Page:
But students might feel differently. "There is some preliminary evidence to show that in these schools where they have metal detectors and use security checks -- where the physical safety issues are very salient -- that that's where kids' anxieties are heightened. It's a constant reminder of how unsafe the school is."
The most important aspect of preventing school violence, Juvonen says, is in fact psychological safety. A report from the surgeon general in January backs up that notion. It calls on the public to address school violence as a health issue -- to look at stresses like violence at home and on the streets, as well as the impact of drugs that lead to violent behavior. It also states emphatically that incarcerating teenagers or trying them in adult court for their offenses only makes it more likely that they will become criminals for life.
Yet trying kids as adults is exactly what California voters decided to do when they passed Proposition 21 last year. Now Williams will be tried as an adult for the Santana shootings, and if convicted, he would also serve time in an adult prison thanks to Prop. 21. If he's convicted, he'll face more than 500 years in prison.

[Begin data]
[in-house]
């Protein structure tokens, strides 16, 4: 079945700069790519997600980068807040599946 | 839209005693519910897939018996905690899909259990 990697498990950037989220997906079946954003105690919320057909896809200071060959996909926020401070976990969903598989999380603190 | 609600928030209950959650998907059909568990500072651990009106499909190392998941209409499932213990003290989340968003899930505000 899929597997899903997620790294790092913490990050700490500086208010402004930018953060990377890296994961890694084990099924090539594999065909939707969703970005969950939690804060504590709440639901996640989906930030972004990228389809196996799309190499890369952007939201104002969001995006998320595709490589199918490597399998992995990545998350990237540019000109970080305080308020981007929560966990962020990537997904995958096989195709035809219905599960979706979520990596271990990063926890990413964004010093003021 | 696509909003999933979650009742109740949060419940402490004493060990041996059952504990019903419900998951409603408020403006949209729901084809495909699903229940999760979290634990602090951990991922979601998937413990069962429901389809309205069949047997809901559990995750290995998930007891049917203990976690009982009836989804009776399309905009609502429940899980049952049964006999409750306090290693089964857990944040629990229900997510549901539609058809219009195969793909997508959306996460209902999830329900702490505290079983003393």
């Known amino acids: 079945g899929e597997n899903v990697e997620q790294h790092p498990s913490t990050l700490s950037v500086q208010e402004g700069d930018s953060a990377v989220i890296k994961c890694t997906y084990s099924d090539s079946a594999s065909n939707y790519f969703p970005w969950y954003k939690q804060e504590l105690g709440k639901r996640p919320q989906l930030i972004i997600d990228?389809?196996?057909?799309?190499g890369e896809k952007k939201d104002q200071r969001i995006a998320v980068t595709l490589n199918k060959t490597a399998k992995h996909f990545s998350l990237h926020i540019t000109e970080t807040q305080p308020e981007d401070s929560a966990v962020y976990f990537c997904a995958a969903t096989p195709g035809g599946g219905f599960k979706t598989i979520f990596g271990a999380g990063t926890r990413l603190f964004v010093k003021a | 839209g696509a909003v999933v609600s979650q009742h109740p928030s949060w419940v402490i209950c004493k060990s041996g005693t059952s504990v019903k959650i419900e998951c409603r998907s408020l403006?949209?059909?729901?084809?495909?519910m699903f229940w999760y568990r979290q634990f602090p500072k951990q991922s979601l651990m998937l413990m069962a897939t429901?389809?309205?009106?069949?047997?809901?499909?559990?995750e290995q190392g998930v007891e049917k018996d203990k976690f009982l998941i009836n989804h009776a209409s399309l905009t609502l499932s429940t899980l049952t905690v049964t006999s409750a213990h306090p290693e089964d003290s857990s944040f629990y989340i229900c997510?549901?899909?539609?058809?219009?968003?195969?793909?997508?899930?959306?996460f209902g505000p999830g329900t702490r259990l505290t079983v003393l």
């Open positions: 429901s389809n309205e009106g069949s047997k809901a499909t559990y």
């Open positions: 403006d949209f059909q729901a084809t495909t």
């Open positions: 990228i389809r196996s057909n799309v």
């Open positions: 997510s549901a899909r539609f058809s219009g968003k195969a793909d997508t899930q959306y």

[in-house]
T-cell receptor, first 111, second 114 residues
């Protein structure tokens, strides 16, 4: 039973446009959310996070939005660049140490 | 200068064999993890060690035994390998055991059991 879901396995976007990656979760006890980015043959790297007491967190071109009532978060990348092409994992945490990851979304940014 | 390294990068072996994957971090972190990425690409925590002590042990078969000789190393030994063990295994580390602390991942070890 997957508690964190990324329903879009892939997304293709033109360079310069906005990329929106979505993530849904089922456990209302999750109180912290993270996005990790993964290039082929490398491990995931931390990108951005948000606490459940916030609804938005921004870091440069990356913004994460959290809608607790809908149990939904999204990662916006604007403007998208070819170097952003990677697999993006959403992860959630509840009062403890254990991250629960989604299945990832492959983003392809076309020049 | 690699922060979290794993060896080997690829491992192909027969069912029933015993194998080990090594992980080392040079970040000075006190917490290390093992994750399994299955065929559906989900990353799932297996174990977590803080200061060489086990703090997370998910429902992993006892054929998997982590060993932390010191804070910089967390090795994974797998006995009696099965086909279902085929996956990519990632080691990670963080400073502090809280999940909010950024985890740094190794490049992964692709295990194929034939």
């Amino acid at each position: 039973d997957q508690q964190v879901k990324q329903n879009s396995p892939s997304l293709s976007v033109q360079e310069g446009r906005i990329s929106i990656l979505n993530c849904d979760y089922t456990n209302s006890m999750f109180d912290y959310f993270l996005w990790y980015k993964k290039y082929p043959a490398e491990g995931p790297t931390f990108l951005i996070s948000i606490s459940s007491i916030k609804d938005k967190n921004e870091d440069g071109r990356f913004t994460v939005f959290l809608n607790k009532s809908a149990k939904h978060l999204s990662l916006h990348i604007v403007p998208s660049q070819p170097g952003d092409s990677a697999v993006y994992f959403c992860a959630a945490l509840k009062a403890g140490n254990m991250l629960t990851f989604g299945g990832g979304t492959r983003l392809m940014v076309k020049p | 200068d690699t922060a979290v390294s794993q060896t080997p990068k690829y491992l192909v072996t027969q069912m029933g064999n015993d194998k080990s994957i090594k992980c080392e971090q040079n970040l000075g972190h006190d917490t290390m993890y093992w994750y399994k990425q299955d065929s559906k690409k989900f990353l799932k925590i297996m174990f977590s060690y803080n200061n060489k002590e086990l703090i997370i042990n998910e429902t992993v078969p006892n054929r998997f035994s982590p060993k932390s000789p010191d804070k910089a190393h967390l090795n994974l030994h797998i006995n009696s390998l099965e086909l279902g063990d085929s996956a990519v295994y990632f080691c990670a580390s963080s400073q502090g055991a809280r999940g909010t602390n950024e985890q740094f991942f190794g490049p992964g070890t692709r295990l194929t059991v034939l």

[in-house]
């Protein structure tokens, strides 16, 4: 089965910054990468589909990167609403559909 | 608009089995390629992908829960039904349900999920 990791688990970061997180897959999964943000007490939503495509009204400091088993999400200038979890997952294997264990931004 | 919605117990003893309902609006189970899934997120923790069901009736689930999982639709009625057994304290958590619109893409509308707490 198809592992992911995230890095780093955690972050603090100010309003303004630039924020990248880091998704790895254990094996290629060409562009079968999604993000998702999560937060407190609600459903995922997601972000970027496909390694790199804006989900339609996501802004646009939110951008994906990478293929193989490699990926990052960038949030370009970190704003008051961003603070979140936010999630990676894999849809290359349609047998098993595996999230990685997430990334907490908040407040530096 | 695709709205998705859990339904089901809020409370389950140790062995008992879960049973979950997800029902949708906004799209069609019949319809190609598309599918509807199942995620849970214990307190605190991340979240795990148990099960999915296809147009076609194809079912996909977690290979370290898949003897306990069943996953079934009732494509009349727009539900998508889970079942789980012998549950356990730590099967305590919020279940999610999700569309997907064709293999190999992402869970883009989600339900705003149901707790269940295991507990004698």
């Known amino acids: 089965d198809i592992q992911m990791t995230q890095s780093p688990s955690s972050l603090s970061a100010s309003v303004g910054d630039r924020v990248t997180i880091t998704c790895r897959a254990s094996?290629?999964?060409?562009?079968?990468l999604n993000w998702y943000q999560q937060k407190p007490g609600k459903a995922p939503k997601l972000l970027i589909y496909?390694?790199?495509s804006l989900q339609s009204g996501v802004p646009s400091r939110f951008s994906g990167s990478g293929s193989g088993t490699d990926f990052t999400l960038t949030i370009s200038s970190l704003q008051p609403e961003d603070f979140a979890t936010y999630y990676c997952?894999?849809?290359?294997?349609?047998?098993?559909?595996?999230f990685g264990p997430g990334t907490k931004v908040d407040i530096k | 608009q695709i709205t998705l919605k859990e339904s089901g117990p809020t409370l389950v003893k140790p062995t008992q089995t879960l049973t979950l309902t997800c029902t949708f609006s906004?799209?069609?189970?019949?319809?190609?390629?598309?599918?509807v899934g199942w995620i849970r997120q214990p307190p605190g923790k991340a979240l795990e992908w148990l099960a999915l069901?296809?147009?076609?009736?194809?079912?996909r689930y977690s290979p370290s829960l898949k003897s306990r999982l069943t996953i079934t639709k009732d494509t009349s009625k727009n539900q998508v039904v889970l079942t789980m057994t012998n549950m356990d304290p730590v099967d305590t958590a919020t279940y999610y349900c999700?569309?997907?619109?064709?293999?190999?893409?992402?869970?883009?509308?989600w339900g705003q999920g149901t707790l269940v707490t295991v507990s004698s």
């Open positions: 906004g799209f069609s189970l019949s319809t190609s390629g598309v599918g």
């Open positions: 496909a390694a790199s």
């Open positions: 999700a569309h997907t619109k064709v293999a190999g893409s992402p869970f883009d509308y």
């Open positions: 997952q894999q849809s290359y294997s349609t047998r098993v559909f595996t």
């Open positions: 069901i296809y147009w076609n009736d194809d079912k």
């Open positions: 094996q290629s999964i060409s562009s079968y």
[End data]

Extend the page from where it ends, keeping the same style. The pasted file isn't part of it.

An unprecedented alliance came together to oppose Prop 21 -- including the California Youth Authority and California Juvenile Court Judges, the Parent Teacher Association and the League of Women Voters (organizations that rarely take positions on such issues). But they didn't defeat it. Early cases show that prosecutors have exercised restraint in moving juvenile cases into the adult court system. And a state court recently struck down a provision that gave prosecutors, rather than judges, the discretion about whether to do so.
But what the future holds for juvenile offenders is uncertain, and school shootings only intensify the hysteria. "There's been a crisis and now everybody and their grandma seems to come up with a solution, and people are going wildly after these programs," Juvonen says. "What's scary about it is not only the money that gets poured into some programs where there's no proof of their effectiveness, but that when you start probing and questioning some of the underlying assumptions of these programs, you say, why would this ever work?"